The FAAs Sport Pilot/ELSA regs continue to cause confusion. Maybe we can help clear that up.
By Dave Martin
Ernie Moreno's kitbuilt Flightstar II SC was licensed as an ELSA before the January 2008 deadline. The Flightstar was designed as an ultralight trainer—a category phased out by the Light Sport Aircraft program.
The FAA, however, did begin work on a new license to be called Sport Pilot. It would allow medical qualification with any state driver's license and completion with as few as 20 flight hours (compared with 40 hours minimum for the Private license). Sport Pilots would be limited to flying a machine that qualified as a Light Sport Aircraft. Restrictions would include no night or IFR flying, no more than one passenger, no flying for business and flight no higher than 10, 000 feet MSL (later changed to allow more clearance when flying over high mountains).
An initiative to define LSA and associated programs began in 2000. More than 100 people, representing manufacturers, organizations, the FAA and "users, " met at EAA headquarters in Oshkosh, Wisconsin, to begin what eventually became the LSA initiatives. I was there as a user/journalist. The century-old nonprofit standards organization, ASTM, described its no-fee potential administrative role, and we voted to accept ASTM's guidance through a community consensus standards process mandated by Congress and the FAA. (ASTM makes its money selling the completed standards.) Rather than submitting all data for FAA approval, the consensus process requires manufacturers to self-certify that they have met all LSA requirements.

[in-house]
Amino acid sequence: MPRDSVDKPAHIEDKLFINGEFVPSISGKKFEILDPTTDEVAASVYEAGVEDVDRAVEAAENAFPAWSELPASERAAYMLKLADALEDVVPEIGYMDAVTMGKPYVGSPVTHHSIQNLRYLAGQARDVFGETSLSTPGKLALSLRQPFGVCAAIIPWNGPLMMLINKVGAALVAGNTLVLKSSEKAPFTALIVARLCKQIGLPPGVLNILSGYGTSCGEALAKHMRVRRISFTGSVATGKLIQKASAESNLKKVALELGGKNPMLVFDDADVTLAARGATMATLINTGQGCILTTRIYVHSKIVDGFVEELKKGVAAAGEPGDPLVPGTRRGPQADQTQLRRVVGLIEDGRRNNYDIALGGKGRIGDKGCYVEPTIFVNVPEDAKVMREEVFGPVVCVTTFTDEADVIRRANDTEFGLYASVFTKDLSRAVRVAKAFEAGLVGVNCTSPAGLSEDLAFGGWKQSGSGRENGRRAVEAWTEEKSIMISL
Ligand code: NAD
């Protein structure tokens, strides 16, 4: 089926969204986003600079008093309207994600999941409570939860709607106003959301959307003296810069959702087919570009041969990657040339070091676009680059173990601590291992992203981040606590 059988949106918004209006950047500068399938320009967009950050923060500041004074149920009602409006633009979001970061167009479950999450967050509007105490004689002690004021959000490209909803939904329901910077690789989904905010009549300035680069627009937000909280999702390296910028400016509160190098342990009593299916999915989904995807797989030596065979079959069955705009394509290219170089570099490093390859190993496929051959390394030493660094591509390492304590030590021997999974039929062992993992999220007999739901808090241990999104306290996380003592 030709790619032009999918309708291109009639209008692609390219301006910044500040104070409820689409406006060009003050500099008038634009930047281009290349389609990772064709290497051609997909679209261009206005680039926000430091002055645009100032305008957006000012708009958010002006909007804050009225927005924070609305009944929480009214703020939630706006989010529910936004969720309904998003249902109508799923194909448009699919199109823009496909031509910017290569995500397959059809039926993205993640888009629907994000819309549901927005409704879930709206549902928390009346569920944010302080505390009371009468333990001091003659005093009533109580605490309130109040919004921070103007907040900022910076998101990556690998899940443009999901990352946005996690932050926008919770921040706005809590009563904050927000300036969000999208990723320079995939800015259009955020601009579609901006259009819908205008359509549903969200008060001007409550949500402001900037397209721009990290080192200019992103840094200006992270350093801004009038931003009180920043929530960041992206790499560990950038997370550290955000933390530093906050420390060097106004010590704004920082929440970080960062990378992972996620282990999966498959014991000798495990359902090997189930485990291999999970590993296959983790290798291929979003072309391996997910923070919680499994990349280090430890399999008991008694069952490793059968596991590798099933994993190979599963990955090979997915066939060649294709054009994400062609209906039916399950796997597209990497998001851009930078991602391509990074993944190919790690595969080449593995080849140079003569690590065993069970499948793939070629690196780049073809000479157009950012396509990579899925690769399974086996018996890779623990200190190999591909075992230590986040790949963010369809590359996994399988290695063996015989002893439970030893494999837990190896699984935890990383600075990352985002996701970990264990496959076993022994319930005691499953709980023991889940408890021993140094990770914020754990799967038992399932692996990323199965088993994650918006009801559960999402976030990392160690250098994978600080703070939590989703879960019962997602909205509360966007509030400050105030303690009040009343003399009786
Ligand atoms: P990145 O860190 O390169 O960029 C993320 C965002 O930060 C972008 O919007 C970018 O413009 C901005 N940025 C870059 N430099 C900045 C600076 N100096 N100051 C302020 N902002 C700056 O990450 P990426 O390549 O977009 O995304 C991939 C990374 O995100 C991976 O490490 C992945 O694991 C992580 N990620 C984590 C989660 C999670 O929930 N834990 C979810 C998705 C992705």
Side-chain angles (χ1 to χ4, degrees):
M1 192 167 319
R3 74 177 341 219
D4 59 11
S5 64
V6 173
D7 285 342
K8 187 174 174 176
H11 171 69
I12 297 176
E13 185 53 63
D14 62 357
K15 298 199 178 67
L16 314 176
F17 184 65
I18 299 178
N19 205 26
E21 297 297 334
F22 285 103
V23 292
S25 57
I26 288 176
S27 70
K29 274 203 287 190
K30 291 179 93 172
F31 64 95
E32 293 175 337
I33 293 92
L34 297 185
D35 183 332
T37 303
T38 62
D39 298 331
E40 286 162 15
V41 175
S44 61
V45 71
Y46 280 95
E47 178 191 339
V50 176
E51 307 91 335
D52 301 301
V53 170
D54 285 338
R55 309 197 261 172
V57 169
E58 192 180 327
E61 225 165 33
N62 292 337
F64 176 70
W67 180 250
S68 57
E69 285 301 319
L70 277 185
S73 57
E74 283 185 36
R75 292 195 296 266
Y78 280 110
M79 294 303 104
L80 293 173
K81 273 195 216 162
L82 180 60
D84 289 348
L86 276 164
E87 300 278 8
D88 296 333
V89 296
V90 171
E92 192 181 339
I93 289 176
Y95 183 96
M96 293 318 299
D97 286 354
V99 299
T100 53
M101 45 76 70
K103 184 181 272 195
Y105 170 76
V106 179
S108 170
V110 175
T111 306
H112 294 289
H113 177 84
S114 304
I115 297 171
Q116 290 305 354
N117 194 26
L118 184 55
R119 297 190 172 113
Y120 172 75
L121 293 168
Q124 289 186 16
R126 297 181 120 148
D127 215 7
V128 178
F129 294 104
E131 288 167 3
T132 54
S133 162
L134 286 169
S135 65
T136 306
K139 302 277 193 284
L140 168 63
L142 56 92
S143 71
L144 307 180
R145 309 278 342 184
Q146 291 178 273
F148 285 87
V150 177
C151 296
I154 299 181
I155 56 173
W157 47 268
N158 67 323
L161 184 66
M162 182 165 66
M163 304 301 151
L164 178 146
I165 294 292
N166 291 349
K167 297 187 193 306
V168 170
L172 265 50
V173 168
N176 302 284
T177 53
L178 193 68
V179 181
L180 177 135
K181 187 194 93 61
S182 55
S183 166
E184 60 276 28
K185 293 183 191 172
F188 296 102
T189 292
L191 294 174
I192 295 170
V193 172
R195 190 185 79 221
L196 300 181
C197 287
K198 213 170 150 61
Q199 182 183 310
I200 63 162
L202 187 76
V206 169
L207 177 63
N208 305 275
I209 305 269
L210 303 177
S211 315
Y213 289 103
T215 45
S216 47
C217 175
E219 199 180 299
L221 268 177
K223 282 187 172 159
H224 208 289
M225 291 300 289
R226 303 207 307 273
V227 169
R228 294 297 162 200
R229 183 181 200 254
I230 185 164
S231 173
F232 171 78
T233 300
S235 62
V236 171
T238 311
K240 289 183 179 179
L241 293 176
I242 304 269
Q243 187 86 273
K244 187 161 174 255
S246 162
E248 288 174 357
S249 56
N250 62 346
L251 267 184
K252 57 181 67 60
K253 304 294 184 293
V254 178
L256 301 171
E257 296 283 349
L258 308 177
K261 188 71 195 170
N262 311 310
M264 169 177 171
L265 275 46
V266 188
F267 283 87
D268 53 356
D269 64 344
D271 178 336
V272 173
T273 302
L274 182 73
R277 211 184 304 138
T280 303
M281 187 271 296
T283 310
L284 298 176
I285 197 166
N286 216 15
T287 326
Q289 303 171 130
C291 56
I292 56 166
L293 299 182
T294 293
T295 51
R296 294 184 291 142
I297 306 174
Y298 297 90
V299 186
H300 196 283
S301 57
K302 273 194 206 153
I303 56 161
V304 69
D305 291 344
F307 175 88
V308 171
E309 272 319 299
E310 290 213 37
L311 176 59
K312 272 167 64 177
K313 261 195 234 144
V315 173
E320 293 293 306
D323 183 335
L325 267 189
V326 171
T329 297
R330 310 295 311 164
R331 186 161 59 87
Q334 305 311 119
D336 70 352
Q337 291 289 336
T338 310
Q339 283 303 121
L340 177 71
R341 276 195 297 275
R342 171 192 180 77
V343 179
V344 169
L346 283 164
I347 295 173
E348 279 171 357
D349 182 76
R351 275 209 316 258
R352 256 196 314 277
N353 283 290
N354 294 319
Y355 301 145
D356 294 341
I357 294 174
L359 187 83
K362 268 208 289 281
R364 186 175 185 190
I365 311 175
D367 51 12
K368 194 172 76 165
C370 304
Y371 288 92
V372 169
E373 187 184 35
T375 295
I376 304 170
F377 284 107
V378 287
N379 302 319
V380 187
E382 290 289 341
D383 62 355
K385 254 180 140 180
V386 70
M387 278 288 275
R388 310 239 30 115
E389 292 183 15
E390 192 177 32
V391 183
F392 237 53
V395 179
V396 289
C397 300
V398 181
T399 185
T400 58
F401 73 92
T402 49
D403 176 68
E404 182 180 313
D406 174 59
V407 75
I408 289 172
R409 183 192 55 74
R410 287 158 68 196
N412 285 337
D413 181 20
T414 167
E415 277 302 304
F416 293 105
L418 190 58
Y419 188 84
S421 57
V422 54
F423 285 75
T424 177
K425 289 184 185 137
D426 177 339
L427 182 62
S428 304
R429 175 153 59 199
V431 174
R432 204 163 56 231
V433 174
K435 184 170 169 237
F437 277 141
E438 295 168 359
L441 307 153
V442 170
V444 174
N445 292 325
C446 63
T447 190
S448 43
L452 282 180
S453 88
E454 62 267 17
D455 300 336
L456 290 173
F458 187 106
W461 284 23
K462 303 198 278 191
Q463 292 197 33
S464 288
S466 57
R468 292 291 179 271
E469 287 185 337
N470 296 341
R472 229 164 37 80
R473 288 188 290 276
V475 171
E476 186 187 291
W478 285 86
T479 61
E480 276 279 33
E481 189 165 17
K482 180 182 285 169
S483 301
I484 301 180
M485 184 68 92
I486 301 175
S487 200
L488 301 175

After several initial face-to-face meetings, people volunteered to serve on one or more specialized committees such as aircraft categories (airplane, glider, weight-shift, gyroplane, powered parachute, lighter than air) and "cross-cutting" (engines and parachute systems, for example). Most of the committee work was handled by email.
Each company and organization could have only one voting member on each subcommittee. I volunteered to be on the airplane and gyroplane subcommittees and had the same single vote on each as did the FAA, EAA and AOPA. A single negative vote—with rationale supporting it—stopped the acceptance process until the proposed standard was revised to meet the objection or the subcommittee chair deemed that the objection was without merit. Years were consumed before the matrix of approved standards was published. The process continues today as new related standards such as Light Sport Aircraft designs are considered.
Definitions of LSA categories naturally became a major issue. Airplane LSAs are defined as:
• Single engine
• Weigh 1320 or less gross for a landplane and 1430 pounds or less for an amphibian
• Flying level no faster than 120 knots indicated at full power
• Stall speed no faster than 45 knots in clean, flaps-retracted configuration
• No more than two seats
• No complex controls such as in-flight prop pitch control and retractable gear, though there are exceptions